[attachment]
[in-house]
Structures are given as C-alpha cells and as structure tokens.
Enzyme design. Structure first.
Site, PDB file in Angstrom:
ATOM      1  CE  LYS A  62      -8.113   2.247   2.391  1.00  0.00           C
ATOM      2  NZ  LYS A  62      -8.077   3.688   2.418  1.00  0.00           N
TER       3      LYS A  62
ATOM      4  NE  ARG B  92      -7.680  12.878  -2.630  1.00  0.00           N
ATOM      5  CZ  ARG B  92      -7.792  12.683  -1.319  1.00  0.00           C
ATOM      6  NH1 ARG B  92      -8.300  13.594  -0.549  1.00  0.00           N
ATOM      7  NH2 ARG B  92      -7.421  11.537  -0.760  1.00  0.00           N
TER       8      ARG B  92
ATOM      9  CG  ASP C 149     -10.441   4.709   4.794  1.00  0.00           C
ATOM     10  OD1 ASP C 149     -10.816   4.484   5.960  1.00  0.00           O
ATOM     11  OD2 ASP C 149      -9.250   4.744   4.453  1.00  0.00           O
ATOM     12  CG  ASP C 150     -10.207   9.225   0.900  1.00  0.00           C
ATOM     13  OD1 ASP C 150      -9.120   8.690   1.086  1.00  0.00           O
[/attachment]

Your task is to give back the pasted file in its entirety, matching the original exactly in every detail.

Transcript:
[in-house]
Structures are given as C-alpha cells and as structure tokens.
Enzyme design. Structure first.
Site, PDB file in Angstrom:
ATOM      1  CE  LYS A  62      -8.113   2.247   2.391  1.00  0.00           C
ATOM      2  NZ  LYS A  62      -8.077   3.688   2.418  1.00  0.00           N
TER       3      LYS A  62
ATOM      4  NE  ARG B  92      -7.680  12.878  -2.630  1.00  0.00           N
ATOM      5  CZ  ARG B  92      -7.792  12.683  -1.319  1.00  0.00           C
ATOM      6  NH1 ARG B  92      -8.300  13.594  -0.549  1.00  0.00           N
ATOM      7  NH2 ARG B  92      -7.421  11.537  -0.760  1.00  0.00           N
TER       8      ARG B  92
ATOM      9  CG  ASP C 149     -10.441   4.709   4.794  1.00  0.00           C
ATOM     10  OD1 ASP C 149     -10.816   4.484   5.960  1.00  0.00           O
ATOM     11  OD2 ASP C 149      -9.250   4.744   4.453  1.00  0.00           O
ATOM     12  CG  ASP C 150     -10.207   9.225   0.900  1.00  0.00           C
ATOM     13  OD1 ASP C 150      -9.120   8.690   1.086  1.00  0.00           O